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Listening to Women—Obama’s Jobs Proposal

| September 13, 2011

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President Obama discusses the American Jobs Act in the Rose Garden, September 12, 2011

The jobs plan President Obama presented to Congress this week recognizes that out-of-work women need targeted help.

Darlene, a Milwaukee elementary school teacher, was one of hundreds laid off this summer because of the draconian cuts to education from Wisconsin Governor Scott Walker. She was also one of the women cheering about the latest jobs proposal from President Barack Obama, which he submitted to Congress on Monday this week.

“I was afraid he’d just talk about ‘shovel-ready’ jobs,” she said. “There aren’t many women at the other end of those shovels. But there are a lot of us who might get back to work if this proposal passes.”

The president’s plan would invest $30 billion to save jobs for up to 280,000 teachers. Given that women make up about 78 percent of teachers in this country, that’s a huge investment in women’s employment.

The American Jobs Act does include a lot of construction jobs, and—unlike the 2009 Recovery Act—$50 million in funds specifically geared towards job training for women, people of color and other under-represented groups in those jobs, targeting workers in the local areas where the jobs will be done. They would be trained for transportation-related activities, including construction, contract administration, inspection, and security. Another $10 million will help minority-owned and disadvantaged business enterprises gain better access to transportation contracts, in turn helping strengthen and grow small businesses that help drive local economies.

Jobs would also be created to fix the nation’s crumbling schools. The proposal calls for a robust $25 billion investment in school infrastructure that will modernize at least 35,000 public schools—that means creating jobs that have a direct tie to improved learning for our kids. Funds could be used for a broad range of purposes, including repair and renovation projects, greening and energy efficiency upgrades, asbestos abatement and removal, and modernization efforts to build new science and computer labs and to upgrade technology.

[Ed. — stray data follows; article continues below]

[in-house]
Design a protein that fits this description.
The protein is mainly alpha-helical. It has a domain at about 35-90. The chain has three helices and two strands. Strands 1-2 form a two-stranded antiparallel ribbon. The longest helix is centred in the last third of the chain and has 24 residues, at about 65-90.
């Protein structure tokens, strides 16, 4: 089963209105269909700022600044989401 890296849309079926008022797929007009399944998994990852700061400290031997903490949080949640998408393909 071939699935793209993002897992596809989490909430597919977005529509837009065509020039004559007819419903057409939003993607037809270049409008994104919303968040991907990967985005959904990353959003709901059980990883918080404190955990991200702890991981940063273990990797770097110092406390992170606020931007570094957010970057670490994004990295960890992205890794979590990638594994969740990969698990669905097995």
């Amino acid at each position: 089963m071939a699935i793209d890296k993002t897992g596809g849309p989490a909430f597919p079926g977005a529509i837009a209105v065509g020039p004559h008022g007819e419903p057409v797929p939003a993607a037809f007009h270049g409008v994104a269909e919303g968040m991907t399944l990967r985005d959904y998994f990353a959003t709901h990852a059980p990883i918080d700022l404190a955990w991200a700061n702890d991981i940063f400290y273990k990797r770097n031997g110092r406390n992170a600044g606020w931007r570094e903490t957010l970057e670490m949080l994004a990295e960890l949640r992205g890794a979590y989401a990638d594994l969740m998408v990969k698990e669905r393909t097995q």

President Obama is also proposing $5 billion to modernize community colleges—another area with many female employees—and to rehabilitate homes.

Several other features of the proposed plan would benefit women:

  • Extending into 2012 additional unemployment benefits. That could help 2.6 million American women currently receiving unemployment insurance from losing their benefits as they continue to look for work.
  • Extending the payroll tax cut, putting more money into workers’ pockets.
  • Supporting legislation prohibiting discrimination against the long-term unemployed.
  • Expanding work-sharing to help avoid layoffs. This would save jobs by allowing workers who reduce their hours to receive unemployment benefits for that time, and all stay on the job.

As the Institute for Women’s Policy Research has pointed out, the so-called recovery hasn’t worked for most people, but men are going back to work “at about three times the speed of women….Since October of 2009 when men’s and women’s total jobs numbers were virtually equal, women have failed to gain any jobs, whereas men have gained 1.6 million. The gap between women’s and men’s employment in August is currently 1.6 million.”

The point isn’t to slow down recovery in areas that benefit men, but to pay attention to the gender and racial impact of the current disastrous economic situation, and target programs accordingly. This time around, the administration has done a better job of getting input from women’s groups, and listening to their recommendations.

Here’s what else women’s groups are saying that must be heard: women will suffer from any changes to Social Security or Medicare that delay the age of eligibility or otherwise make these programs harder to use.

Instead of cutting these programs that working women and middle class families rely on, Congress should focus on cutting tax breaks for those who earn more than $106,000, the current wage base on which Social Security taxes can be imposed. Those who can afford to do so should pay their fair share.

Likewise, we need to close corporate tax loopholes that let giants like General Electric get tax refunds, and axe the right-wing suggestion to cut the Earned Income Tax Credit, which helps the working poor climb out of poverty.

We also need job retention policies like paid sick days and paid family leave. Bad times are the worst time to lose a job for being a good mother. Policies that protect working women will help strengthen our families and help the economy grow.

President Obama knows what we all know—this Congress is not about to pass the majority of his jobs proposals. That makes it all the more important to name the policies we really need.

If Congress doesn’t follow the president’s call to pass the American Jobs Act, it’s the responsibility of all of us to hold them accountable in the 2012 elections.

The views expressed in this commentary are those of the author alone and do not represent WMC. WMC is a 501(c)(3) organization and does not endorse candidates.

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